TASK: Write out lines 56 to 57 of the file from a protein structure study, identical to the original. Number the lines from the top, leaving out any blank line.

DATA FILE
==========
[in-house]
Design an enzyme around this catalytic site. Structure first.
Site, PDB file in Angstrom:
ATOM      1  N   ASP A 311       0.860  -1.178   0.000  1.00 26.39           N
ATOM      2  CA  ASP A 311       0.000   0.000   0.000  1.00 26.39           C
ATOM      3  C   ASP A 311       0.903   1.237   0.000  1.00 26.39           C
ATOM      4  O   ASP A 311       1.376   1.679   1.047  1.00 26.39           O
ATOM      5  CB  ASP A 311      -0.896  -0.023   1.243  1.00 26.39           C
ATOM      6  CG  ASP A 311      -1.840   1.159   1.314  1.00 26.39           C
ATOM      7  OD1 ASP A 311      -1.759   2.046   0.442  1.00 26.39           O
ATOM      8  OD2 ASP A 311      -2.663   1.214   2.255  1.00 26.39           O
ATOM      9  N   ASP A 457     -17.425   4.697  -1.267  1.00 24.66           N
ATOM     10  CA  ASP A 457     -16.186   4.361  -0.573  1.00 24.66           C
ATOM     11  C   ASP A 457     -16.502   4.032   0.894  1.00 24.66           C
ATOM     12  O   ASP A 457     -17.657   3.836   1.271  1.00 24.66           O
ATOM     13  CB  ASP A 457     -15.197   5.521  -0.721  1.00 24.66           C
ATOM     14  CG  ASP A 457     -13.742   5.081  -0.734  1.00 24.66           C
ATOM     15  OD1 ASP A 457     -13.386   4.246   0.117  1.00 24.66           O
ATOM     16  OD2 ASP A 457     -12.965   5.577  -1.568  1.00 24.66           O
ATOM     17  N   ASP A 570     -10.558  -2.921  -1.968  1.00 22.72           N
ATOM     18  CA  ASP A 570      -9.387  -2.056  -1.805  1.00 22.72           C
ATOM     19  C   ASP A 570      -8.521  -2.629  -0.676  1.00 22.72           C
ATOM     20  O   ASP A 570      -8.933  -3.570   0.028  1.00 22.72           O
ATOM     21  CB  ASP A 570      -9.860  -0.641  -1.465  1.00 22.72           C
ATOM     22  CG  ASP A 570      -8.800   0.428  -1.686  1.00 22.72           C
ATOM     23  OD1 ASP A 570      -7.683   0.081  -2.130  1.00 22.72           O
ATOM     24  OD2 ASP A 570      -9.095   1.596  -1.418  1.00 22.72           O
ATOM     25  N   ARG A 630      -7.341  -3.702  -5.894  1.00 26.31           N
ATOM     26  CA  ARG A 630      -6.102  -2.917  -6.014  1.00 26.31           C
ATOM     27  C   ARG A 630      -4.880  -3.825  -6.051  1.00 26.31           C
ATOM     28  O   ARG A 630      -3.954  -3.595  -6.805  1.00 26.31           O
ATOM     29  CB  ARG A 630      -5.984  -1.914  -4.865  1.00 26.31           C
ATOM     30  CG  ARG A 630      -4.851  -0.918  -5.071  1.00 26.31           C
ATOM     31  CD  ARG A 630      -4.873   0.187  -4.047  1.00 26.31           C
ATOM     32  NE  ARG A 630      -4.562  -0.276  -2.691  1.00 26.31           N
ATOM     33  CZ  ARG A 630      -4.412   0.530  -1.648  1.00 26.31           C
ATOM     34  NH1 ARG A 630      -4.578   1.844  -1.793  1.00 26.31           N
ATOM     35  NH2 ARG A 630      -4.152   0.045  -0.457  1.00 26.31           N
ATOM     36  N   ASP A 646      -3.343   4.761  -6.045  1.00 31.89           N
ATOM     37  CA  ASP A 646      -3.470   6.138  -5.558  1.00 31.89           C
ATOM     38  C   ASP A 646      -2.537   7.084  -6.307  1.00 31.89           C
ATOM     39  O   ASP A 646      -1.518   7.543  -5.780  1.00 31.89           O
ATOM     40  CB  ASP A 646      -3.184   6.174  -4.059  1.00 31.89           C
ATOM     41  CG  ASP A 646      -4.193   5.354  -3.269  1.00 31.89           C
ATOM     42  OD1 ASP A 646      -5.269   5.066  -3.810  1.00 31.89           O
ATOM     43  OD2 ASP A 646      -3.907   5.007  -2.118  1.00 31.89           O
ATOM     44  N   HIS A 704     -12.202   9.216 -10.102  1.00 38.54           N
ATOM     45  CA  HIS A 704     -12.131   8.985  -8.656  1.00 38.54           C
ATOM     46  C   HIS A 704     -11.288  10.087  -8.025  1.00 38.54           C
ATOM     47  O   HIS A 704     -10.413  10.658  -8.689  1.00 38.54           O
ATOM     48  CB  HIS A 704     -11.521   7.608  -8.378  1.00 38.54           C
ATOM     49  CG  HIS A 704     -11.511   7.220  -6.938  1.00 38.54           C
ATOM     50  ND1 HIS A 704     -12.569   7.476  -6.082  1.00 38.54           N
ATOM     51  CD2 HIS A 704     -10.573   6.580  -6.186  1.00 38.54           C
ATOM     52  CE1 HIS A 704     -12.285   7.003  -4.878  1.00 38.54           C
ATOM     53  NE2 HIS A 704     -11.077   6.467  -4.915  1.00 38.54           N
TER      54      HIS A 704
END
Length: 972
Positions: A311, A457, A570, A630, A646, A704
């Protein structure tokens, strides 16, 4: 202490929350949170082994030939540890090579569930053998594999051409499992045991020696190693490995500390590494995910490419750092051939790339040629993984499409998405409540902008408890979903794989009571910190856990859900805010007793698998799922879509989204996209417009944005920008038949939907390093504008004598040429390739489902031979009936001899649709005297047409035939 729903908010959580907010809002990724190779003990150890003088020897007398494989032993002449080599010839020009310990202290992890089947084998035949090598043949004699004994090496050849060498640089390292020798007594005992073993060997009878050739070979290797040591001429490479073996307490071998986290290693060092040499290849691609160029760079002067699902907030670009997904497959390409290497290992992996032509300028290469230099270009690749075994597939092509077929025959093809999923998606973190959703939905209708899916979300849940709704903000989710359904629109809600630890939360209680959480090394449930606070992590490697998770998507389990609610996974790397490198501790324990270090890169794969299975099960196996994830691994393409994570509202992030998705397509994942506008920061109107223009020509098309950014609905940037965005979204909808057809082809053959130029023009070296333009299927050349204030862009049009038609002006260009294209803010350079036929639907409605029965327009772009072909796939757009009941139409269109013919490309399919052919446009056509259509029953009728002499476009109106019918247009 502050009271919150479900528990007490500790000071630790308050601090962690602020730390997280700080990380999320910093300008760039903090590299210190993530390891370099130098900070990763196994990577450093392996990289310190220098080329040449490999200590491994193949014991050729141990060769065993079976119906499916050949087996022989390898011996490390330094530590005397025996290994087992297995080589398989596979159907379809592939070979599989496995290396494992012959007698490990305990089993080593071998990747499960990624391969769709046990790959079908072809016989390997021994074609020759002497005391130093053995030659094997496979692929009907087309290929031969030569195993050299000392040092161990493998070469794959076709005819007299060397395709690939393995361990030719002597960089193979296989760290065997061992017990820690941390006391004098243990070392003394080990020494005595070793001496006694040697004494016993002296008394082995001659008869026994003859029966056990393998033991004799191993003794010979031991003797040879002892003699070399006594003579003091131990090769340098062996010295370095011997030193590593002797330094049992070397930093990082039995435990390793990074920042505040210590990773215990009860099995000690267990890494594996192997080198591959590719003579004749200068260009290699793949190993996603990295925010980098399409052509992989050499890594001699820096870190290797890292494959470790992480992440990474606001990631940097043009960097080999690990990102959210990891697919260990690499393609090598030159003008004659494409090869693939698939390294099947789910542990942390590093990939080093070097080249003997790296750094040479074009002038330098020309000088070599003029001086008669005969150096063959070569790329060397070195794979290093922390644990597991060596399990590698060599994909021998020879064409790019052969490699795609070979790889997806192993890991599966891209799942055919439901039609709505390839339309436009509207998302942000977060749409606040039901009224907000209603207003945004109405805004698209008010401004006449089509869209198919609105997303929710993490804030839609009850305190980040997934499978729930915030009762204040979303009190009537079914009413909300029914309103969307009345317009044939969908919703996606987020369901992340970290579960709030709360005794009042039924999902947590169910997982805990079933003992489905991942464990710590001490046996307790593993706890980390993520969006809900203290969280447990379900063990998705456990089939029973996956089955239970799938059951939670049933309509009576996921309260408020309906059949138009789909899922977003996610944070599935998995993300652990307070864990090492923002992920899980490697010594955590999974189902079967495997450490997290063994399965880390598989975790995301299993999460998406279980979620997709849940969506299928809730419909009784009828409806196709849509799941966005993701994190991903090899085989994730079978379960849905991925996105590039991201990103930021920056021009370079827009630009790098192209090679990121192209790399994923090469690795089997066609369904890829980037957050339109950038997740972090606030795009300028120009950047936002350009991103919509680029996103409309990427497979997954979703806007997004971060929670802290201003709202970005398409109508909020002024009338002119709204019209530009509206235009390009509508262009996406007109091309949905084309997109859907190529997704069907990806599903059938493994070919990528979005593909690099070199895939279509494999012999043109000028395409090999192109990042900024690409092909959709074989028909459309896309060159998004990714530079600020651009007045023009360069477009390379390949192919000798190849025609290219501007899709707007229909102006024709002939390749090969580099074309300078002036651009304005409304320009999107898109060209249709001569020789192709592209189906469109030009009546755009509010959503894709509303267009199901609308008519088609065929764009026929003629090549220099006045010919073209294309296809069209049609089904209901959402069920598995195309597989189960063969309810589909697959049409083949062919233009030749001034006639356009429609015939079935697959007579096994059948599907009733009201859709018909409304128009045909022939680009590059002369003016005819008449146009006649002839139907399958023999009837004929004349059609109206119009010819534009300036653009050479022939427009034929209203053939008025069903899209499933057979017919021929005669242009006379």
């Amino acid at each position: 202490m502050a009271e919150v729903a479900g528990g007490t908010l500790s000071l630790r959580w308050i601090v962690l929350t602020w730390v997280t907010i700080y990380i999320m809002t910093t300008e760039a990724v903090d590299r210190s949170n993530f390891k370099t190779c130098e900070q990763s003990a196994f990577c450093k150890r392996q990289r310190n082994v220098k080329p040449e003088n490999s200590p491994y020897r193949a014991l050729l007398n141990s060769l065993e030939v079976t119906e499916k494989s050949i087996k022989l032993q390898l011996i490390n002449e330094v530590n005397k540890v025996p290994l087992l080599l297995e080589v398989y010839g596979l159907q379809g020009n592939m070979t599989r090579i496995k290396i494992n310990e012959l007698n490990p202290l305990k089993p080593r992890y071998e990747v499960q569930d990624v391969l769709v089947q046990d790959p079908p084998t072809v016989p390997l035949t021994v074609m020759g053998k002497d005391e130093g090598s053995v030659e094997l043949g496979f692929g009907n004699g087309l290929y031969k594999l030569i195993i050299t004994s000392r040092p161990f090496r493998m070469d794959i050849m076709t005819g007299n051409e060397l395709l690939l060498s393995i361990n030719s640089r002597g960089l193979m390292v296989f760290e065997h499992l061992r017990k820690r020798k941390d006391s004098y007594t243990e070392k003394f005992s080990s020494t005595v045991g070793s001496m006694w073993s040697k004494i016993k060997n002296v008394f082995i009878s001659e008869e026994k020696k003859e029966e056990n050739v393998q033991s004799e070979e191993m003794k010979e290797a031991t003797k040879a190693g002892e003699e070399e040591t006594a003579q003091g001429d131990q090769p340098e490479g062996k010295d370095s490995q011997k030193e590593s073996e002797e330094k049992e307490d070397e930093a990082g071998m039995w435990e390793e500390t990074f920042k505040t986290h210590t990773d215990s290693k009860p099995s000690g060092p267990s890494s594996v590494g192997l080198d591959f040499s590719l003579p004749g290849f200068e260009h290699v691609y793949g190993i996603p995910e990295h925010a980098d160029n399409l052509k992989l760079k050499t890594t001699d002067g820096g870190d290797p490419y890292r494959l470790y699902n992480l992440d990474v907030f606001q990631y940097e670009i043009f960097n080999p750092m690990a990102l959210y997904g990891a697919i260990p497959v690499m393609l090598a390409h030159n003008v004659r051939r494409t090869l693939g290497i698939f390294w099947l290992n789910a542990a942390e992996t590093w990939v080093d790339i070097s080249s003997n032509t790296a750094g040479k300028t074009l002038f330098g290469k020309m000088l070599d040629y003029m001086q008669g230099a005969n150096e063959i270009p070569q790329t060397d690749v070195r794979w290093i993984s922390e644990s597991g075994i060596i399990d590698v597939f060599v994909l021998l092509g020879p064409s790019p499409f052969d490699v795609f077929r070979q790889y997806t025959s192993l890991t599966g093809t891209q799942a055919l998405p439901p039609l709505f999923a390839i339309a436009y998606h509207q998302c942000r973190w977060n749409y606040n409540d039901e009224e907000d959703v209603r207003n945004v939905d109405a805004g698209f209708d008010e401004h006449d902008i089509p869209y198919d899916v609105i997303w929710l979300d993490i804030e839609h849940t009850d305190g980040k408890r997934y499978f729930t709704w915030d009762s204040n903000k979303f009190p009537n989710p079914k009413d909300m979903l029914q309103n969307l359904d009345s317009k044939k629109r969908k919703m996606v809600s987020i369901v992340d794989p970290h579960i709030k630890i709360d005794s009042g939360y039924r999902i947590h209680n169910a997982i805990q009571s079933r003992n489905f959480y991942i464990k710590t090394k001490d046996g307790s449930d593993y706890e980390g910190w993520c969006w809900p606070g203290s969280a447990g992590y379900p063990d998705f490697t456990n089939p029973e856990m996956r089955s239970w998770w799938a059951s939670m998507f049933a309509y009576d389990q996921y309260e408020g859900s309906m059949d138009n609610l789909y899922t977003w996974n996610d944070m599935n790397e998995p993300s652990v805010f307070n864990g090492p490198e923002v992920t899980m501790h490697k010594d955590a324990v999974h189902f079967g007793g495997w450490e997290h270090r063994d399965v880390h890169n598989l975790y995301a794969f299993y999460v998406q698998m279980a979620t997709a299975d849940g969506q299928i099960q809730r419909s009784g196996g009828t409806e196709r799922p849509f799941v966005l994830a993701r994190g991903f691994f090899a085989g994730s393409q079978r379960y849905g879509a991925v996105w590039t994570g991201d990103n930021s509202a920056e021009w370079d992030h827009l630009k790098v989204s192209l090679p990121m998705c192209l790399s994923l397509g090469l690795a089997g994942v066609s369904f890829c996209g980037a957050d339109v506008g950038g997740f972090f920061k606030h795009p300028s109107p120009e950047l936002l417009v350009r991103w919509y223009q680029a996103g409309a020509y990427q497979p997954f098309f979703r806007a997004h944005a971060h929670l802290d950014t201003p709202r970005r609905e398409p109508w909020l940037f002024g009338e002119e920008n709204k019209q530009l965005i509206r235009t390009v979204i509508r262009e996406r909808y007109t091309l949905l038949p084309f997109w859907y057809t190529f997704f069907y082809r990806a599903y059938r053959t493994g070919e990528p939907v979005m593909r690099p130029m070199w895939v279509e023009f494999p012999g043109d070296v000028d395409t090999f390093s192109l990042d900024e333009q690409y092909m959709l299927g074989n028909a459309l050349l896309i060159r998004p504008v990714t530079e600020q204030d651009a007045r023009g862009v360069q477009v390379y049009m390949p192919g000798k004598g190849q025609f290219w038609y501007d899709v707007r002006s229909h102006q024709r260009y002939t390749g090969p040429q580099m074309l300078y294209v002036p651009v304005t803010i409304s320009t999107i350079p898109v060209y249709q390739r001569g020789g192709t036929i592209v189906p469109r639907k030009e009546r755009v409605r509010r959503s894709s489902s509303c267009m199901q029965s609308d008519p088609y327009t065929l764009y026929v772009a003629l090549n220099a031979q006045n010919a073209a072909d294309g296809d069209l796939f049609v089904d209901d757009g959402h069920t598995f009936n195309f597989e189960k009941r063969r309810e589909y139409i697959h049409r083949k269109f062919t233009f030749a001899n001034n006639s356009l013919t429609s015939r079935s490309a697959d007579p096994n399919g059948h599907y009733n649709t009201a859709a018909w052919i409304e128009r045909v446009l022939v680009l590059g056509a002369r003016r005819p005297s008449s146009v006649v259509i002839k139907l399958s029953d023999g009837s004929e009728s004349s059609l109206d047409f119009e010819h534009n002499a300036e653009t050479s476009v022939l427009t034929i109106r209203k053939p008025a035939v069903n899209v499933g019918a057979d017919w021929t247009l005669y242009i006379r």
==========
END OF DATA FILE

ATOM     53  NE2 HIS A 704     -11.077   6.467  -4.915  1.00 38.54           N
TER      54      HIS A 704